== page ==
If any other organisation made as many errors and administrative cock-ups as the DWP they would be sued for negligence. The whole system is understaffed and undertrained, reflecting the contempt in which the department holds it’s ‘customers’. This week, for the second week running, we met with someone who had been told that because they had a bit of money (in this case a small pension) they would get no unemployment benefit, when they had only recently lost their job and were entitled to 6 months contribution-based Jobseeker’s Allowance. This time the person concerned had done their own research and was able to inform the Jobcentre that this benefit has not been eliminated by Universal Credit, as they had previously been told. We wonder, though, how many people will have missed out on payments because they have been misinformed.
We were also contacted by a very worried man who had not only been refused ESA, despite multiple problems, but had subsequently been told that his family’s Universal Credit claim had been closed. He had been informed by the DWP that UC was what he now had to apply for in order to receive benefit payments, and they had even helped him log onto the system at the jobcentre. But a week later he got a message that he was on the wrong benefit and his claim would be closed in 24 hours. He had to limp back down to the jobcentre and be signed onto Jobseeker’s Allowance. There is a rule that people with three children cannot make a new claim for Universal Credit until 31 October 2018 and must claim the old benefits instead. A good outcome – but not before a lot of worry – and why did that hugely expensive IT system fail to pick this up?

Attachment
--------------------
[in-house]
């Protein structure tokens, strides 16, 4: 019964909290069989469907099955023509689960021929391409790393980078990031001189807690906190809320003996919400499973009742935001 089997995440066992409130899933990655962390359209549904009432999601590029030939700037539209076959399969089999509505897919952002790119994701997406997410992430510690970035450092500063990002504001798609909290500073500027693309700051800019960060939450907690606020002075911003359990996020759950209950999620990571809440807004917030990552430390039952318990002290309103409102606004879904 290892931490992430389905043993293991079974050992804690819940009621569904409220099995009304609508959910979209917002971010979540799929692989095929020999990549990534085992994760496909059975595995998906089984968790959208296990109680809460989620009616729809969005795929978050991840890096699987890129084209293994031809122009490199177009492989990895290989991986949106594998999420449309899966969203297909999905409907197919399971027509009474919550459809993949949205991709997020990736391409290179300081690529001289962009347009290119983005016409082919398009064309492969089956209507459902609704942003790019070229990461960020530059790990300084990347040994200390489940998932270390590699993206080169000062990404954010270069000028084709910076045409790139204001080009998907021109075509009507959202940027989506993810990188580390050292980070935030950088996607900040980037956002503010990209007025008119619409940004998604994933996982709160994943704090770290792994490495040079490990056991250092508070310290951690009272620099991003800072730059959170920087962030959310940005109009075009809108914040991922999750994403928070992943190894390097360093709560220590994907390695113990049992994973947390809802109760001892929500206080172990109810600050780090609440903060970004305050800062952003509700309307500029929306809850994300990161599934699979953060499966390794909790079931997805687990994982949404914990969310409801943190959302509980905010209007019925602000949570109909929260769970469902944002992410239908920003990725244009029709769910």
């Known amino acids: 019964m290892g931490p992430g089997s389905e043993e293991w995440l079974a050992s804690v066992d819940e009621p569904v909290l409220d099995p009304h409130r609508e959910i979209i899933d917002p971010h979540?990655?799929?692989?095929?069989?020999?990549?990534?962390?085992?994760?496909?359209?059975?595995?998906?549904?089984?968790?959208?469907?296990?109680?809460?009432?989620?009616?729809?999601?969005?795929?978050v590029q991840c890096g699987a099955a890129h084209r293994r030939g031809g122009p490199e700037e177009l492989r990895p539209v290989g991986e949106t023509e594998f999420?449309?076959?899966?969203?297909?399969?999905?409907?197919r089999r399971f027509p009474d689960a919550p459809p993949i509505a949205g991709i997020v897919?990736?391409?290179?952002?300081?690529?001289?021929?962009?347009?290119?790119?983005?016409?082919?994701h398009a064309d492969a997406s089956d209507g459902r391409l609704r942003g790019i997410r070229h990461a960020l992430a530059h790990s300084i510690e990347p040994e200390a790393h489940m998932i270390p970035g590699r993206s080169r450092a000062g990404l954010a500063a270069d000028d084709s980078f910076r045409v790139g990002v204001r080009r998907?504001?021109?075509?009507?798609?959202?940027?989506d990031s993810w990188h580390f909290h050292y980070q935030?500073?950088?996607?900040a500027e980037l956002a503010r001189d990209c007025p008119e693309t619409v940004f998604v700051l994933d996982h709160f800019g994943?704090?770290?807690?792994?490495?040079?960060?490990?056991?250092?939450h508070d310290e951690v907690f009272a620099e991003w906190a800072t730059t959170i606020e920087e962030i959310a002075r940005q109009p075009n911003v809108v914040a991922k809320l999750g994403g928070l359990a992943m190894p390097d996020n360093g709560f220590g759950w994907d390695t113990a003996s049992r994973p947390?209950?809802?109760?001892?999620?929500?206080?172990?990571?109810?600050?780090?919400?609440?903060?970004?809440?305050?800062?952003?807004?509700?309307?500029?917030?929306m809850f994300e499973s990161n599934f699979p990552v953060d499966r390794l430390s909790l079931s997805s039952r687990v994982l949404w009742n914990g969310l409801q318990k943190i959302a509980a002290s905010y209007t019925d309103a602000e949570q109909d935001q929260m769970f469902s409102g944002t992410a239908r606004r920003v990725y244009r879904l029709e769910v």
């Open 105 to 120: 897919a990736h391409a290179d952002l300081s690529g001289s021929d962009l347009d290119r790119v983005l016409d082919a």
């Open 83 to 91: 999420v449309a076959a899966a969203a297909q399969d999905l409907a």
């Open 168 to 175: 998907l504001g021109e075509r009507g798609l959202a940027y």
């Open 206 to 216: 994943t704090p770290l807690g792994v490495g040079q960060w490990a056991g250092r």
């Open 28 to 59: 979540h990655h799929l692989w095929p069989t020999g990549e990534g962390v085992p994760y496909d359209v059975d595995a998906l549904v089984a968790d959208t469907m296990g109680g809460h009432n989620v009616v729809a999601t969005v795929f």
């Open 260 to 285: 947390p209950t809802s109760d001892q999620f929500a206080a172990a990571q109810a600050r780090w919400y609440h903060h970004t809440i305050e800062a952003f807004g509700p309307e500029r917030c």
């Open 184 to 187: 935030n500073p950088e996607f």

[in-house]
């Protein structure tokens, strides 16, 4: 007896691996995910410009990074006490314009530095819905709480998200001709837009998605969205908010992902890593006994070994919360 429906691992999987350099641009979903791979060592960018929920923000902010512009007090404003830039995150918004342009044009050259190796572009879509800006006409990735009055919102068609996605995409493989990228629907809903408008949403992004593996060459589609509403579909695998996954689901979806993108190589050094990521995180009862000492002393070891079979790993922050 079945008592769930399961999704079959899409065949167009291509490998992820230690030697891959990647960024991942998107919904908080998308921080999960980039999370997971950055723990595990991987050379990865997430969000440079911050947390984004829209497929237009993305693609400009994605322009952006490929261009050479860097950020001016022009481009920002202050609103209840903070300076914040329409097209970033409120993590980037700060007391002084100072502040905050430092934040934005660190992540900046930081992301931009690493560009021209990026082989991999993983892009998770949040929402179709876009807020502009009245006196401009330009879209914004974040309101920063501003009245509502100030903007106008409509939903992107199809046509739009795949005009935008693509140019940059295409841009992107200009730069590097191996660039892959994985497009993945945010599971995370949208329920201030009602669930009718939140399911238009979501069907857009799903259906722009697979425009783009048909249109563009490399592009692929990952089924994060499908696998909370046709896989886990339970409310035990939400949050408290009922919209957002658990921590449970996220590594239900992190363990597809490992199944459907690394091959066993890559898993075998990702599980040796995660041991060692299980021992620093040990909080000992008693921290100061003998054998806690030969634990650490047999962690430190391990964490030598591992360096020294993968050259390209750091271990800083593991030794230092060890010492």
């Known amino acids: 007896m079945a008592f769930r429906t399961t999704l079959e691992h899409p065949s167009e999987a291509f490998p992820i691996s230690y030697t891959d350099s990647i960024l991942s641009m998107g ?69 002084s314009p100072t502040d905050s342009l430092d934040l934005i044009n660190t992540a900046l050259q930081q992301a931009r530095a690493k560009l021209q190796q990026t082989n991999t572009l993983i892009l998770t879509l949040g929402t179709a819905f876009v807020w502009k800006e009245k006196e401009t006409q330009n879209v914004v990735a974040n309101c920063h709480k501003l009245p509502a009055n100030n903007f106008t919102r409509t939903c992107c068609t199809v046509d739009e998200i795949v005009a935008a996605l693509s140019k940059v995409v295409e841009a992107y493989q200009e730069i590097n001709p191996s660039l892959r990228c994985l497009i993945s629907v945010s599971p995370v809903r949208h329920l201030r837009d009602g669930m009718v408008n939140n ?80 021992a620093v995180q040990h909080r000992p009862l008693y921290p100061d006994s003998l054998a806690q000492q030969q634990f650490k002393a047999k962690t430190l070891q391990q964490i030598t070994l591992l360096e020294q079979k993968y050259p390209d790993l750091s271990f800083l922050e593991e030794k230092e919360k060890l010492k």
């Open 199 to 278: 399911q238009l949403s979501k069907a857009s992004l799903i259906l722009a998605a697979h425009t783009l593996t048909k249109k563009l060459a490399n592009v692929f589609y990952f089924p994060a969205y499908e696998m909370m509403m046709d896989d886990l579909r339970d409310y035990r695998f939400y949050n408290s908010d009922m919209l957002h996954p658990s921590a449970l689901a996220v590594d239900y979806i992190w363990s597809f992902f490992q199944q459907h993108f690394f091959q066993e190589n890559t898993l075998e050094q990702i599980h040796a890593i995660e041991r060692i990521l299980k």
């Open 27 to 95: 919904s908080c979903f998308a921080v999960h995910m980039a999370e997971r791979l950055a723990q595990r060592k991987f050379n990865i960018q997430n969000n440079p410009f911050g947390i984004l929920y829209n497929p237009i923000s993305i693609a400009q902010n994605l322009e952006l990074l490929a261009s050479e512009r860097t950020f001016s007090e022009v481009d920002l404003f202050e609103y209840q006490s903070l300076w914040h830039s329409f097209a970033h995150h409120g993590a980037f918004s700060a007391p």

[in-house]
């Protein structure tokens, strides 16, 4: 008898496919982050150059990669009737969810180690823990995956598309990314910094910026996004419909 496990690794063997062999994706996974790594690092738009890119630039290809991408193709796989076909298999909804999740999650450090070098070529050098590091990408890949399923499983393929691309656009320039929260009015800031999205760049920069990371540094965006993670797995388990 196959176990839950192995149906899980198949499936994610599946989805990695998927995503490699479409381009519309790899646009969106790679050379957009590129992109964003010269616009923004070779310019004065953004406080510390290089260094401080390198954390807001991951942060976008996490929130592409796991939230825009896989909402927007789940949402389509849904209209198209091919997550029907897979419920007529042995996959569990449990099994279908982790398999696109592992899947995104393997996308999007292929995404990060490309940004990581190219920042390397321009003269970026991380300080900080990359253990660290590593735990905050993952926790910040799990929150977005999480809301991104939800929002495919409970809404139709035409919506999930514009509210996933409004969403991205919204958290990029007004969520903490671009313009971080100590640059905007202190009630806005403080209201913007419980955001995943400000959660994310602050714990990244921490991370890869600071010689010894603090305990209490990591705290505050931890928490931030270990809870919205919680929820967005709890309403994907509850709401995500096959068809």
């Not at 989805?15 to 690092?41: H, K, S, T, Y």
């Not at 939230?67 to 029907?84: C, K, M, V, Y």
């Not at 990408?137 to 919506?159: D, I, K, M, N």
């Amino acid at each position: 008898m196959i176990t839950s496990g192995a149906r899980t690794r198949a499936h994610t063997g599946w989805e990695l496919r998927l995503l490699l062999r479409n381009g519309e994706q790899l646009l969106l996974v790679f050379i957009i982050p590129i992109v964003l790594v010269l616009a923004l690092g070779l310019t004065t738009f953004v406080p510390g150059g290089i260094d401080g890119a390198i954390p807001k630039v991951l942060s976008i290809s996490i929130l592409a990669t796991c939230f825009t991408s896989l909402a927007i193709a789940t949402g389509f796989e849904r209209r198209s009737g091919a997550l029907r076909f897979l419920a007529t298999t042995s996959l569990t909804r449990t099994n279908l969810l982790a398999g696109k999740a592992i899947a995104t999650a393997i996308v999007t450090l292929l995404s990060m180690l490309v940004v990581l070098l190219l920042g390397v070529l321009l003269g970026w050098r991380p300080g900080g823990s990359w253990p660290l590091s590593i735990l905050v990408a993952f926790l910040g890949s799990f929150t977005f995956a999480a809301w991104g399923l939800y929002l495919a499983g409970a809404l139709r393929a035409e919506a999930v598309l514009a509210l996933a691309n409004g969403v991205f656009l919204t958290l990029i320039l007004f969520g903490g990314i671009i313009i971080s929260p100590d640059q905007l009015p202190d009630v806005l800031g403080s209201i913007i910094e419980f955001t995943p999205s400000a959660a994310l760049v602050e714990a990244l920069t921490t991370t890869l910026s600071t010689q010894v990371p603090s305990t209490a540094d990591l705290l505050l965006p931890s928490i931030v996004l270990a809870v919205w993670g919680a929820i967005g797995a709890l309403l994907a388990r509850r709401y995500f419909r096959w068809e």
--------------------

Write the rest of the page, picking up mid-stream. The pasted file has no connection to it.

Moral: If you think the DWP’s made a mistake with your benefit – you may well be correct.
(Note for the DWP: The guide in the illustration, which we have on our stalls, is available for £15 from the Child Poverty Action Group.)